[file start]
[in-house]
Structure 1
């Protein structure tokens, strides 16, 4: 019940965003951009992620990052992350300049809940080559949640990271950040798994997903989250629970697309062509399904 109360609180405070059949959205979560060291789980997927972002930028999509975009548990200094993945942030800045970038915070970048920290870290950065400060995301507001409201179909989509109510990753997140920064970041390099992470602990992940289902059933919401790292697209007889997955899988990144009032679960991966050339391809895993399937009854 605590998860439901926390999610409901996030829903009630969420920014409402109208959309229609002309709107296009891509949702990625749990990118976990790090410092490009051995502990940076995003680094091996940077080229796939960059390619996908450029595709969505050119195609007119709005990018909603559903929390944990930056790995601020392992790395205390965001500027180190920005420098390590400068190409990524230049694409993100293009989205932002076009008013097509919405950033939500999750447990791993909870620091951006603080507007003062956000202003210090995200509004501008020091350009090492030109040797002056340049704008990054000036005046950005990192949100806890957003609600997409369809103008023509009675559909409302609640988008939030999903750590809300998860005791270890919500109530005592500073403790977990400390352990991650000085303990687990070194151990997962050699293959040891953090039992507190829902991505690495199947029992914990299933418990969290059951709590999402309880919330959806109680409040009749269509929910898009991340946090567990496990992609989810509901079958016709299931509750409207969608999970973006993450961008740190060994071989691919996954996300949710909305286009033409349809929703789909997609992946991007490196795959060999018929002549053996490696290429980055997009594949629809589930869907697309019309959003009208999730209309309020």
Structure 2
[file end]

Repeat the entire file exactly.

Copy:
[in-house]
Structure 1
């Protein structure tokens, strides 16, 4: 019940965003951009992620990052992350300049809940080559949640990271950040798994997903989250629970697309062509399904 109360609180405070059949959205979560060291789980997927972002930028999509975009548990200094993945942030800045970038915070970048920290870290950065400060995301507001409201179909989509109510990753997140920064970041390099992470602990992940289902059933919401790292697209007889997955899988990144009032679960991966050339391809895993399937009854 605590998860439901926390999610409901996030829903009630969420920014409402109208959309229609002309709107296009891509949702990625749990990118976990790090410092490009051995502990940076995003680094091996940077080229796939960059390619996908450029595709969505050119195609007119709005990018909603559903929390944990930056790995601020392992790395205390965001500027180190920005420098390590400068190409990524230049694409993100293009989205932002076009008013097509919405950033939500999750447990791993909870620091951006603080507007003062956000202003210090995200509004501008020091350009090492030109040797002056340049704008990054000036005046950005990192949100806890957003609600997409369809103008023509009675559909409302609640988008939030999903750590809300998860005791270890919500109530005592500073403790977990400390352990991650000085303990687990070194151990997962050699293959040891953090039992507190829902991505690495199947029992914990299933418990969290059951709590999402309880919330959806109680409040009749269509929910898009991340946090567990496990992609989810509901079958016709299931509750409207969608999970973006993450961008740190060994071989691919996954996300949710909305286009033409349809929703789909997609992946991007490196795959060999018929002549053996490696290429980055997009594949629809589930869907697309019309959003009208999730209309309020």
Structure 2